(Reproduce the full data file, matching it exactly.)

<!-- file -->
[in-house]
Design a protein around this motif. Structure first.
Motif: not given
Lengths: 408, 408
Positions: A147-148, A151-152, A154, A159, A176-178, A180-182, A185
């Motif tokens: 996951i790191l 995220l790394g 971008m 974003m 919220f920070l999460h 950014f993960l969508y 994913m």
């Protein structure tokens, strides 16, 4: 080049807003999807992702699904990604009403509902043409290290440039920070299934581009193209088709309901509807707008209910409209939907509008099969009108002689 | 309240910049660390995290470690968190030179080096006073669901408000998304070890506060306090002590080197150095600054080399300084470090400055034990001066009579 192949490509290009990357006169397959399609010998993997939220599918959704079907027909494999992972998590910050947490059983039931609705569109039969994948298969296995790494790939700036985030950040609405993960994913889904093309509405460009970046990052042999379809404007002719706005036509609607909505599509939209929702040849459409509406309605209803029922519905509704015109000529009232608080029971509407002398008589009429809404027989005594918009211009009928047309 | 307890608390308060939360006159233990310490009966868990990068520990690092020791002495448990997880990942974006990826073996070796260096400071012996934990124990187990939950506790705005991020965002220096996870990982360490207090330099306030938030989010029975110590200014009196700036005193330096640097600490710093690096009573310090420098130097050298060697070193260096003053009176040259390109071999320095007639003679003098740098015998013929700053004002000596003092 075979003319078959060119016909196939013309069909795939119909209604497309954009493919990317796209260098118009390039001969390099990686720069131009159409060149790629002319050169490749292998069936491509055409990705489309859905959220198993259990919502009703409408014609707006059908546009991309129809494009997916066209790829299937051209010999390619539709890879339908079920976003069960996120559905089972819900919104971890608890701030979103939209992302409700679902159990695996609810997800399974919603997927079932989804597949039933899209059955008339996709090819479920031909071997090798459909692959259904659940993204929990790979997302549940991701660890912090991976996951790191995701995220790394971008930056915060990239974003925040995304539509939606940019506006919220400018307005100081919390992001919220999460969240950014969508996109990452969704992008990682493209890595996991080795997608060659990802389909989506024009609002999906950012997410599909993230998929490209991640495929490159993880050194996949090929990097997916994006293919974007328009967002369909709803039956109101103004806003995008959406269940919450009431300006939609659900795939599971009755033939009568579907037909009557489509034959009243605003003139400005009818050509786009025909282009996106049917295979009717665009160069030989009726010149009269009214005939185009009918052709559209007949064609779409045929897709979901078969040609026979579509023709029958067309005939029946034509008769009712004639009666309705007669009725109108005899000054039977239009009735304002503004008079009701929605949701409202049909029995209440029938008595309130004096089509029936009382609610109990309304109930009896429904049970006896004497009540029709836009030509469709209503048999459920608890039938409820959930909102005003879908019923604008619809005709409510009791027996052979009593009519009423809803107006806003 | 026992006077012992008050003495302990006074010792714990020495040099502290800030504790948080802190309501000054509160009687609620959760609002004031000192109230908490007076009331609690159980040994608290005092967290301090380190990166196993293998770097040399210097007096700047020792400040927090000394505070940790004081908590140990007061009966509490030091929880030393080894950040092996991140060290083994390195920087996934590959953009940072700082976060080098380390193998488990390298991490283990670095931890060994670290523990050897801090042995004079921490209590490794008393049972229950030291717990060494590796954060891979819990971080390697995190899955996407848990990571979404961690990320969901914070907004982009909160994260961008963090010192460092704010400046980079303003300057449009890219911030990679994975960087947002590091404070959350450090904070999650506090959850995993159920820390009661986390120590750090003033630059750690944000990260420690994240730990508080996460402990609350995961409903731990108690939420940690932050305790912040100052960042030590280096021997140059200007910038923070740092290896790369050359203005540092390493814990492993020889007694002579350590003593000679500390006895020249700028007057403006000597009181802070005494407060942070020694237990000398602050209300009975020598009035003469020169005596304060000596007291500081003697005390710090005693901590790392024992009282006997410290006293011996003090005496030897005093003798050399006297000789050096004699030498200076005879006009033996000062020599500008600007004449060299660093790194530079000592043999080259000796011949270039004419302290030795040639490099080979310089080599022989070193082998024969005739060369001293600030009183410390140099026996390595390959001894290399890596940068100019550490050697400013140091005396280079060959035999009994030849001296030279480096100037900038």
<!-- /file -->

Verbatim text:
[in-house]
Design a protein around this motif. Structure first.
Motif: not given
Lengths: 408, 408
Positions: A147-148, A151-152, A154, A159, A176-178, A180-182, A185
């Motif tokens: 996951i790191l 995220l790394g 971008m 974003m 919220f920070l999460h 950014f993960l969508y 994913m």
């Protein structure tokens, strides 16, 4: 080049807003999807992702699904990604009403509902043409290290440039920070299934581009193209088709309901509807707008209910409209939907509008099969009108002689 | 309240910049660390995290470690968190030179080096006073669901408000998304070890506060306090002590080197150095600054080399300084470090400055034990001066009579 192949490509290009990357006169397959399609010998993997939220599918959704079907027909494999992972998590910050947490059983039931609705569109039969994948298969296995790494790939700036985030950040609405993960994913889904093309509405460009970046990052042999379809404007002719706005036509609607909505599509939209929702040849459409509406309605209803029922519905509704015109000529009232608080029971509407002398008589009429809404027989005594918009211009009928047309 | 307890608390308060939360006159233990310490009966868990990068520990690092020791002495448990997880990942974006990826073996070796260096400071012996934990124990187990939950506790705005991020965002220096996870990982360490207090330099306030938030989010029975110590200014009196700036005193330096640097600490710093690096009573310090420098130097050298060697070193260096003053009176040259390109071999320095007639003679003098740098015998013929700053004002000596003092 075979003319078959060119016909196939013309069909795939119909209604497309954009493919990317796209260098118009390039001969390099990686720069131009159409060149790629002319050169490749292998069936491509055409990705489309859905959220198993259990919502009703409408014609707006059908546009991309129809494009997916066209790829299937051209010999390619539709890879339908079920976003069960996120559905089972819900919104971890608890701030979103939209992302409700679902159990695996609810997800399974919603997927079932989804597949039933899209059955008339996709090819479920031909071997090798459909692959259904659940993204929990790979997302549940991701660890912090991976996951790191995701995220790394971008930056915060990239974003925040995304539509939606940019506006919220400018307005100081919390992001919220999460969240950014969508996109990452969704992008990682493209890595996991080795997608060659990802389909989506024009609002999906950012997410599909993230998929490209991640495929490159993880050194996949090929990097997916994006293919974007328009967002369909709803039956109101103004806003995008959406269940919450009431300006939609659900795939599971009755033939009568579907037909009557489509034959009243605003003139400005009818050509786009025909282009996106049917295979009717665009160069030989009726010149009269009214005939185009009918052709559209007949064609779409045929897709979901078969040609026979579509023709029958067309005939029946034509008769009712004639009666309705007669009725109108005899000054039977239009009735304002503004008079009701929605949701409202049909029995209440029938008595309130004096089509029936009382609610109990309304109930009896429904049970006896004497009540029709836009030509469709209503048999459920608890039938409820959930909102005003879908019923604008619809005709409510009791027996052979009593009519009423809803107006806003 | 026992006077012992008050003495302990006074010792714990020495040099502290800030504790948080802190309501000054509160009687609620959760609002004031000192109230908490007076009331609690159980040994608290005092967290301090380190990166196993293998770097040399210097007096700047020792400040927090000394505070940790004081908590140990007061009966509490030091929880030393080894950040092996991140060290083994390195920087996934590959953009940072700082976060080098380390193998488990390298991490283990670095931890060994670290523990050897801090042995004079921490209590490794008393049972229950030291717990060494590796954060891979819990971080390697995190899955996407848990990571979404961690990320969901914070907004982009909160994260961008963090010192460092704010400046980079303003300057449009890219911030990679994975960087947002590091404070959350450090904070999650506090959850995993159920820390009661986390120590750090003033630059750690944000990260420690994240730990508080996460402990609350995961409903731990108690939420940690932050305790912040100052960042030590280096021997140059200007910038923070740092290896790369050359203005540092390493814990492993020889007694002579350590003593000679500390006895020249700028007057403006000597009181802070005494407060942070020694237990000398602050209300009975020598009035003469020169005596304060000596007291500081003697005390710090005693901590790392024992009282006997410290006293011996003090005496030897005093003798050399006297000789050096004699030498200076005879006009033996000062020599500008600007004449060299660093790194530079000592043999080259000796011949270039004419302290030795040639490099080979310089080599022989070193082998024969005739060369001293600030009183410390140099026996390595390959001894290399890596940068100019550490050697400013140091005396280079060959035999009994030849001296030279480096100037900038």